The family dinner table – so symbolic, so real. I tend to think of it in terms of the famous Norman Rockwell painting—people smiling, a feeling of community.
But the reality can be so different—the vacant places of those who have left or who have passed. A surly teenager who really doesn’t want to be there. An alcoholic or abusive parent who uses his or her captured audience of children to wield power and control.
These things of life are juxtaposed on each other—–the possibilities of incredible joy, but also incredible sorrow; – the presence of abuse, but also that of emotional support.
I was reminded of this yesterday during Thanksgiving. I stretched myself yesterday by hosting a large gathering (large for me is 12 people). I blended family and friends. It felt risky to me—like a crapshoot—I wasn’t sure how the friends and family would connect. Would someone say something that was completely inappropriate and would there be awkward silences at the table?
It turned out that everyone connected well, and seemed to have a good time.
I reflected back on years ago, on my own childhood, and also in earlier adulthood when my husband and I were raising children. Life wasn’t always pleasant at the dinner table. Where some people talk about current events and share their days, and the parents enter into their children’s lives, the dinner table in my childhood years replicated my family structure—superficial, disconnected, and at times abusive. And I am sorry to say that in my earlier adulthood, I didn’t know how to connect at the dinner table either.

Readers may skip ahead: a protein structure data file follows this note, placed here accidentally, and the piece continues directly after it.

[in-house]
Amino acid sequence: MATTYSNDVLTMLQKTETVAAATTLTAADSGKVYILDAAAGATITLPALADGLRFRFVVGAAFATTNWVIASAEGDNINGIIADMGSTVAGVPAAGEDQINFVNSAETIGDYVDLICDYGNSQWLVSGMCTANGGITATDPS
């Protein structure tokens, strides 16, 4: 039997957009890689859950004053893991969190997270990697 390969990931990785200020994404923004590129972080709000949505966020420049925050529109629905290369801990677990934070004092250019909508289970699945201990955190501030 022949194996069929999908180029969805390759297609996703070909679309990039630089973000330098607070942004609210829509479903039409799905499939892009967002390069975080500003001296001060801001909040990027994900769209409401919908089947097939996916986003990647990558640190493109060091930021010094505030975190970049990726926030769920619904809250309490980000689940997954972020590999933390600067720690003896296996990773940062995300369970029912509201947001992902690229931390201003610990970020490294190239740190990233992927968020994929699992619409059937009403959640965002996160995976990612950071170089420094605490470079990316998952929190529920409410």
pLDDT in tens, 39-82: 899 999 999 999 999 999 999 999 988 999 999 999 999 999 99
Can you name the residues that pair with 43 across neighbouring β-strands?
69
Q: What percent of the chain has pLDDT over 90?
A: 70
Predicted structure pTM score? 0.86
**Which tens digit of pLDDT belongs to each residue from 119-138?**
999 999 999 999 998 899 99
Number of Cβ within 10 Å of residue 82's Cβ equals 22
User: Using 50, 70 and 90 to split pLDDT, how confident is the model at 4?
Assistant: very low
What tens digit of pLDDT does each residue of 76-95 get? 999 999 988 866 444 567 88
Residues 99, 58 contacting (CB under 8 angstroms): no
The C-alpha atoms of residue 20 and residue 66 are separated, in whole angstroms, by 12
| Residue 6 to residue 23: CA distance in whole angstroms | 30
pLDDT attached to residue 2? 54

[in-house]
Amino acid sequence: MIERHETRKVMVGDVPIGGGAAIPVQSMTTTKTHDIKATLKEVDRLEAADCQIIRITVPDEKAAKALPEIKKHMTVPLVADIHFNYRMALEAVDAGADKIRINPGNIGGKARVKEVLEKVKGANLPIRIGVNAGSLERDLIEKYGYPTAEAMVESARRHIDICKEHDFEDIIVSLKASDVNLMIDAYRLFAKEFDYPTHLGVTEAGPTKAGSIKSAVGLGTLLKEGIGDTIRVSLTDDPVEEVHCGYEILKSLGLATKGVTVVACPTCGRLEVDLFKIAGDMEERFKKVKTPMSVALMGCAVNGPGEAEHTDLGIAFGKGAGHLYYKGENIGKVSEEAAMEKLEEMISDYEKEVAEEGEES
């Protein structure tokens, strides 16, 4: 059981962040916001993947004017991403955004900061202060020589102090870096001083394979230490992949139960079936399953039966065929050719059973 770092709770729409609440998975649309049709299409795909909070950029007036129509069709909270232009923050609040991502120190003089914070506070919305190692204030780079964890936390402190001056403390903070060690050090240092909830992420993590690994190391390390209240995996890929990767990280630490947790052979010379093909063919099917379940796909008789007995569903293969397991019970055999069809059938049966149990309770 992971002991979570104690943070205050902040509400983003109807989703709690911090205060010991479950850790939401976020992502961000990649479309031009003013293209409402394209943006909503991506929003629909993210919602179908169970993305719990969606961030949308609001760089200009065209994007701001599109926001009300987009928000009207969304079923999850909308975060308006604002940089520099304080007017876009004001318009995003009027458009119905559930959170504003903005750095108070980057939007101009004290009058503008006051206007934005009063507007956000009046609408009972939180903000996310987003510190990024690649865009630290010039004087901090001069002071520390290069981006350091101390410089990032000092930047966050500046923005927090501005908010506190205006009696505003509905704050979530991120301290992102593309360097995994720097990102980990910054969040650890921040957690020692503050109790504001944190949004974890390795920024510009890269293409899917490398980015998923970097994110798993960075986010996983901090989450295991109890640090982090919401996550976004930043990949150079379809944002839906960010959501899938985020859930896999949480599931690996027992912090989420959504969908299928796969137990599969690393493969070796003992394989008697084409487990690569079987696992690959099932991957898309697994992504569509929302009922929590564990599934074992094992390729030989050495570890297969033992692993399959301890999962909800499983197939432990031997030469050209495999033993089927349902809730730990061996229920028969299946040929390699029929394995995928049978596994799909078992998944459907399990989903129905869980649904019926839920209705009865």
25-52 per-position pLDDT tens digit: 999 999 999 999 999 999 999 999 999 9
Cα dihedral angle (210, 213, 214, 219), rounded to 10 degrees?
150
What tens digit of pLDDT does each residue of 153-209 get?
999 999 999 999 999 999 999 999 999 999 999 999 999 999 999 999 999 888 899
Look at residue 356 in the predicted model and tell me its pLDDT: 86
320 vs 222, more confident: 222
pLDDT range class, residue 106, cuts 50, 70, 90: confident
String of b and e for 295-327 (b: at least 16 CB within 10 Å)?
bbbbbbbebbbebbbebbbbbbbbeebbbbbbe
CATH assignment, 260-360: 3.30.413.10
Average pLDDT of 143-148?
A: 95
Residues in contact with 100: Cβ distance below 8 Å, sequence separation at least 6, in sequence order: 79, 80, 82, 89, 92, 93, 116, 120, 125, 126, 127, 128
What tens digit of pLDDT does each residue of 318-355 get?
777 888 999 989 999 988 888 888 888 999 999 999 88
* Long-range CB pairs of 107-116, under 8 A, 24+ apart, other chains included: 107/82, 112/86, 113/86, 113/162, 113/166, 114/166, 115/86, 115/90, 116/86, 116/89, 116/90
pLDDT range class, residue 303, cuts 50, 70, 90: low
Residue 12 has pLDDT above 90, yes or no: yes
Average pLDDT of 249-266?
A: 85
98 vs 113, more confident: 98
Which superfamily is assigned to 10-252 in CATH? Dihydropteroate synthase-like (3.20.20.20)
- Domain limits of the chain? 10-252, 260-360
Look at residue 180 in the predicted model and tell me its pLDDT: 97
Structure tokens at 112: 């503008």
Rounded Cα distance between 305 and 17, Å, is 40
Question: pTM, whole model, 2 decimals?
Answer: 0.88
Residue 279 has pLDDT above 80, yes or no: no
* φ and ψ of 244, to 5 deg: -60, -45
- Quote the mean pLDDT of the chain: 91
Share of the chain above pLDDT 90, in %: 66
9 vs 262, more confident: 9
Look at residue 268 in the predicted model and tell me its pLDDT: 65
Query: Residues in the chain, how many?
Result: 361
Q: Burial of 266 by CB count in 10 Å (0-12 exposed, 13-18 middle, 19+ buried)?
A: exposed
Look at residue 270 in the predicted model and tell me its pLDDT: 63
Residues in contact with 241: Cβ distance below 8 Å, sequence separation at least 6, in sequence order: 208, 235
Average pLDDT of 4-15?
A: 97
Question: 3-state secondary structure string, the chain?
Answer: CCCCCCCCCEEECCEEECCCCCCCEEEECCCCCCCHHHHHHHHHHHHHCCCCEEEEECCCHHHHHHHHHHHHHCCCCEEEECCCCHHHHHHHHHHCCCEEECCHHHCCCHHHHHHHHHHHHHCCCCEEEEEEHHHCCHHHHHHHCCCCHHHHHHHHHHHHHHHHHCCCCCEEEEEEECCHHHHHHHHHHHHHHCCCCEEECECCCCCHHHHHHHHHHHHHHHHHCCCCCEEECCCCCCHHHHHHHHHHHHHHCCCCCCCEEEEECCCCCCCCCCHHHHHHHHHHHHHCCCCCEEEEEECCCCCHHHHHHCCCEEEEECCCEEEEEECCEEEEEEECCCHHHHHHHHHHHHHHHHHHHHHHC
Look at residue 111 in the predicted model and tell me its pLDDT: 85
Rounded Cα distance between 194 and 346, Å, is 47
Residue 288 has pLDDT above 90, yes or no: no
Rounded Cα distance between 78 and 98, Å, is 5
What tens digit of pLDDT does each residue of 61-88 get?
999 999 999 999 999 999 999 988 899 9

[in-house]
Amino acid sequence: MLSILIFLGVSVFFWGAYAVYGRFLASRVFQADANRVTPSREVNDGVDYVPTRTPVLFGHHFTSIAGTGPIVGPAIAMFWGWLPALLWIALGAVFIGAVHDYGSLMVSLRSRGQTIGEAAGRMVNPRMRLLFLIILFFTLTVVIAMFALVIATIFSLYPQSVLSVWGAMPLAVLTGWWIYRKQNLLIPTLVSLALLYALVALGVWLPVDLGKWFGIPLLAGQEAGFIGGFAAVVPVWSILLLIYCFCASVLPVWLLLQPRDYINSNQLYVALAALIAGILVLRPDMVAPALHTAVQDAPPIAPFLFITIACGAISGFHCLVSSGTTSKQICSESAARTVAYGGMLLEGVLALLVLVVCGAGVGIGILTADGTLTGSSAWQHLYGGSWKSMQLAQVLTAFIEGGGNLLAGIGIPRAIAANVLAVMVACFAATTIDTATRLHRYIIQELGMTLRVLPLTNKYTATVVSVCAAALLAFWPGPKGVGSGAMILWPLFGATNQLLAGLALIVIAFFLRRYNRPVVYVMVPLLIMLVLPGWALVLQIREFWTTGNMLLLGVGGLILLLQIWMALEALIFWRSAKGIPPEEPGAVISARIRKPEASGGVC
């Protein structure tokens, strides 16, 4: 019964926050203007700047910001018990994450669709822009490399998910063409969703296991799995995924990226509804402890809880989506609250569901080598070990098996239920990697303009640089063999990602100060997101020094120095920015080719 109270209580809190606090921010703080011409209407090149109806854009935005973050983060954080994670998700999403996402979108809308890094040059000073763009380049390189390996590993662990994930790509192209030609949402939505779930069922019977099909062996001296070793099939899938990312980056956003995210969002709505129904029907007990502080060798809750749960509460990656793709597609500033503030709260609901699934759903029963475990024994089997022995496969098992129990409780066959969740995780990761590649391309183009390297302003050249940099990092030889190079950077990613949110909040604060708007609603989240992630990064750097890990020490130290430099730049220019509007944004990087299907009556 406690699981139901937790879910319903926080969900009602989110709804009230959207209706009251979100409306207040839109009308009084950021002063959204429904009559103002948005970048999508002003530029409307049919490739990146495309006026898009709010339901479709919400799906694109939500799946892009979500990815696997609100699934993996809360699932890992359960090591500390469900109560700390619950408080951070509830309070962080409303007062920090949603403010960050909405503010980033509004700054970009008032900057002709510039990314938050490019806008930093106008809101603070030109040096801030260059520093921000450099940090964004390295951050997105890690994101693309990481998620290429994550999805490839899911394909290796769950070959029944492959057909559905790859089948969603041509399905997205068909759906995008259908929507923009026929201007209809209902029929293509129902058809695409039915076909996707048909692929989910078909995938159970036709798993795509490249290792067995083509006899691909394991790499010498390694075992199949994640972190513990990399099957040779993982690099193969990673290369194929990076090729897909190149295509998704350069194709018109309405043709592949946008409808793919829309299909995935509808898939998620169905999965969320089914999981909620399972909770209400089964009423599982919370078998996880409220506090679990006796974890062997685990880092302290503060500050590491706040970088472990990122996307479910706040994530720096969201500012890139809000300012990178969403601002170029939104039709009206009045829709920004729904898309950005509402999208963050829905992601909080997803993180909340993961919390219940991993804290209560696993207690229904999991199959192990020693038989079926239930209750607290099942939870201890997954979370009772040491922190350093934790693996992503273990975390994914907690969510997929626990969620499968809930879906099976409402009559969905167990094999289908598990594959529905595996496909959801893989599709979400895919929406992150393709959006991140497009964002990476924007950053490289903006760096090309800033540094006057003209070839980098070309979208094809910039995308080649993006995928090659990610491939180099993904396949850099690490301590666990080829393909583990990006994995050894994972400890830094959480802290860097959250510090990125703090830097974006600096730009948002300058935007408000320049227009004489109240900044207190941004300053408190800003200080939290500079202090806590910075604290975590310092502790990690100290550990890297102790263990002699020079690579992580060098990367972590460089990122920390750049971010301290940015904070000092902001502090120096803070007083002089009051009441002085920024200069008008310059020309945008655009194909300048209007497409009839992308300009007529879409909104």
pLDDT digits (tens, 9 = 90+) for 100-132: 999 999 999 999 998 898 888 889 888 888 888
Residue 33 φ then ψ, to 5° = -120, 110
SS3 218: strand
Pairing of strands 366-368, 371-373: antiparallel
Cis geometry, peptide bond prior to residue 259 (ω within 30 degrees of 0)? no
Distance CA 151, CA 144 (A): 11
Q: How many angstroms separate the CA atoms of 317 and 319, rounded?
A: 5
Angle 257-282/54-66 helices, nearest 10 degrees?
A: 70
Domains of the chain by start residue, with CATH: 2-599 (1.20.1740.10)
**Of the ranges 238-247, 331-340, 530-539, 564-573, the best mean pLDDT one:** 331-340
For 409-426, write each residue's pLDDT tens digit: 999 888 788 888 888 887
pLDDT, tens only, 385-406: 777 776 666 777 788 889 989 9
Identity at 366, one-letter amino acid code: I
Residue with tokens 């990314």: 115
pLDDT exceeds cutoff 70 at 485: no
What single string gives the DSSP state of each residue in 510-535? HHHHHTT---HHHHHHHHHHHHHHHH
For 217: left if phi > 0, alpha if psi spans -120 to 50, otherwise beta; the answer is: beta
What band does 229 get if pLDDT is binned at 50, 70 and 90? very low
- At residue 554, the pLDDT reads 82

Our default pathway is to replicate what we experience.
I didn’t have good role models at the dinner table, and so didn’t know how to model it to my children. I passively allowed abuse to occur, as I was intimidated by it, and my son ended up leaving the dinner table in his teen years. I hate admitting this – that I allowed an unsafe place for my children. I didn’t chase after him or force him to comply because I knew it would backfire on me, but the fact that he left was telling – I knew that things had to change, and I knew I had a part in his leaving, and thus a part in changing myself.
Yesterday was a milestone for me—a replication of Norman Rockwell’s painting—witnessing connection with the family at the dinner table—the abuse no longer – the prodigal son returned home – the presence of a loving family and wonderful friends.
Yes, it was a day of Thanksgiving.